So, Rep. McKeel, Would You Have Voted For The Stimulus?

I noted the following in The Ledger’s account of the Chamber legislative wrap-up gala:

“We made the decision that K through 12 be held as harmless as possible during the budget cutting,” said Rep. Seth McKeel of Lakeland, who chairs and is on several education committees.

“Many of us broke with a pledge not to raise taxes to do that. We also took $3.5 billion in federal stimulus package funds. We could not have held education harmless without it, but that money runs out in two years,” he said.

If Seth McKeel’s forceful use of “we” to describe who decided to save Florida education funding includes Congressional Democrats and Barack Obama, then he is correct. Yet, somehow those pesky identities don’t show up in the actual sentence. At least McKeel, a Republican, publicly credits stimulus funds for “holding education harmless.” But it’s worth remembering that not a single Republican in the US House of Representatives had any interest in helping Florida hold education harmless.

It’s also worth noting that if the Teabaggers that would-be congressman Dennis Ross eagerly addressed a few weeks back had gotten their way, there would be no holding Florida education harmless. That likely would have led to either hundreds of teachers layoffs or a four-day school week. Understand that a four-day school week imposes a new tax on working parents, who must come up with the money or time to account for their children on the weekday when classes are shut down. So the Teabaggers, probably without realizing it, are all for new taxes on working families. Life is not a bumper sticker, folks.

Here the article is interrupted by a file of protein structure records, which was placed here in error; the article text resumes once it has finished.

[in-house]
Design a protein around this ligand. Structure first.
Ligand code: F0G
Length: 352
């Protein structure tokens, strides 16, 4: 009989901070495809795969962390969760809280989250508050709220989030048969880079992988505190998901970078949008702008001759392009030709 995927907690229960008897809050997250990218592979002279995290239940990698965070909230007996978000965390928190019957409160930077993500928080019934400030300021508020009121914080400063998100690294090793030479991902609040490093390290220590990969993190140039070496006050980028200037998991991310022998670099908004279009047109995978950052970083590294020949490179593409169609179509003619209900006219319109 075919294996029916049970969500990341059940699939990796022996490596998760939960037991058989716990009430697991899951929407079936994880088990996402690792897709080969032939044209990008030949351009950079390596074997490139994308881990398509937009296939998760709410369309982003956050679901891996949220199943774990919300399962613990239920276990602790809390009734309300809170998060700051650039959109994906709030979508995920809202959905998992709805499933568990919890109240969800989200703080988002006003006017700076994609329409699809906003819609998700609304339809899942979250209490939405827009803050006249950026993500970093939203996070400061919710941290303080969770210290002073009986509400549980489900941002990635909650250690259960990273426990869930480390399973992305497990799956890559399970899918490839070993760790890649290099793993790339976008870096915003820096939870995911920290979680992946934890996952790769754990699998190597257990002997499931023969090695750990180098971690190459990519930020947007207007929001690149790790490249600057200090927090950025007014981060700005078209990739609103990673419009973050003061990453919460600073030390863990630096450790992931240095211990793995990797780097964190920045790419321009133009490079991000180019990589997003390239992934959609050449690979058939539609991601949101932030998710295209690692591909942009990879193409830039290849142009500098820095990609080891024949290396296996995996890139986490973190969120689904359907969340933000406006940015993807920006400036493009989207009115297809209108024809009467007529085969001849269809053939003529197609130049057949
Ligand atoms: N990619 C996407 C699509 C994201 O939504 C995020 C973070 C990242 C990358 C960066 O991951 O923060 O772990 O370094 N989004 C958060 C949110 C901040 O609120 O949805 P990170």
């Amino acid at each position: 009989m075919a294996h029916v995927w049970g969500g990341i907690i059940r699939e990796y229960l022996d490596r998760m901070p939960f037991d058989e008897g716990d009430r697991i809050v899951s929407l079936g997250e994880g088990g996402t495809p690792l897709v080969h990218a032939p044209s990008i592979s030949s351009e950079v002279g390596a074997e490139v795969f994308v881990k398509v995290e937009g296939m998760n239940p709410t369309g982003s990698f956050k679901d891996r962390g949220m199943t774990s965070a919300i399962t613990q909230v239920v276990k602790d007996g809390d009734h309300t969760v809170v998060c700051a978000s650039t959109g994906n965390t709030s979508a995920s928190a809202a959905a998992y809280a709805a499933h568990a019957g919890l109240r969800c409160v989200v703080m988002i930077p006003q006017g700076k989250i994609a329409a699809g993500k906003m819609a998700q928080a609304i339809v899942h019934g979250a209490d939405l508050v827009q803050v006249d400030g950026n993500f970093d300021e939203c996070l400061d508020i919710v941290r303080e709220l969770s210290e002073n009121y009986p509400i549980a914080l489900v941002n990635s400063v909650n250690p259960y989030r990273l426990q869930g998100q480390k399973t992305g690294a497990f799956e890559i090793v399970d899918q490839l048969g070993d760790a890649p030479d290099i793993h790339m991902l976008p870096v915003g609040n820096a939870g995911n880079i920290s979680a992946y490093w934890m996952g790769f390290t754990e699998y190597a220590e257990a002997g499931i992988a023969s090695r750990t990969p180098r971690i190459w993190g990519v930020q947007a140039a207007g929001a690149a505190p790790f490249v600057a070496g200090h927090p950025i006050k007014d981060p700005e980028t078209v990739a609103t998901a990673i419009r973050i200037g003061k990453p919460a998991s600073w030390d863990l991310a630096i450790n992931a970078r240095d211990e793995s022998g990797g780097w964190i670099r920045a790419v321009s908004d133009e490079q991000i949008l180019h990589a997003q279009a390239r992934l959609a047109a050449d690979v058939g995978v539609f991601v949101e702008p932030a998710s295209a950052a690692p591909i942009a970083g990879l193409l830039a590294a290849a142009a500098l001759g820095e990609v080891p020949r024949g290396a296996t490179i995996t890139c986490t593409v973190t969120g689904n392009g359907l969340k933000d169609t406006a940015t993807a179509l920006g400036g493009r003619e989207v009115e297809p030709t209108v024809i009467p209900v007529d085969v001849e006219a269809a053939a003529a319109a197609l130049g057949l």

All of this raises a question for McKeel and Ross and any other Republican legislator or politician: Would you have voted for the stimulus plan? Or would it have been better to let Florida cut thousands of teachers and make life more difficult and expensive for Florida’s working families?

6 thoughts on “So, Rep. McKeel, Would You Have Voted For The Stimulus?

  1. Just a little truth in advertising here.

    Not only did none of the republicans vote for the stimulus, but also 11 dems. Does that make them tea “party” attendees or heartless as well? Or maybe they were concerned with the big picture and maybe it is time to cut and then spend.

    I certainly don’t claim to have all the answers, but I do know that we would be better served without partisan politics, especially in the people reporting the news.

  2. Just a little truth in advertising here.

    Not only did none of the republicans vote for the stimulus, but also 11 dems. Does that make them tea “party” attendees or heartless as well? Or maybe they were concerned with the big picture and maybe it is time to cut and then spend.

    I certainly don’t claim to have all the answers, but I do know that we would be better served without partisan politics, especially in the people reporting the news.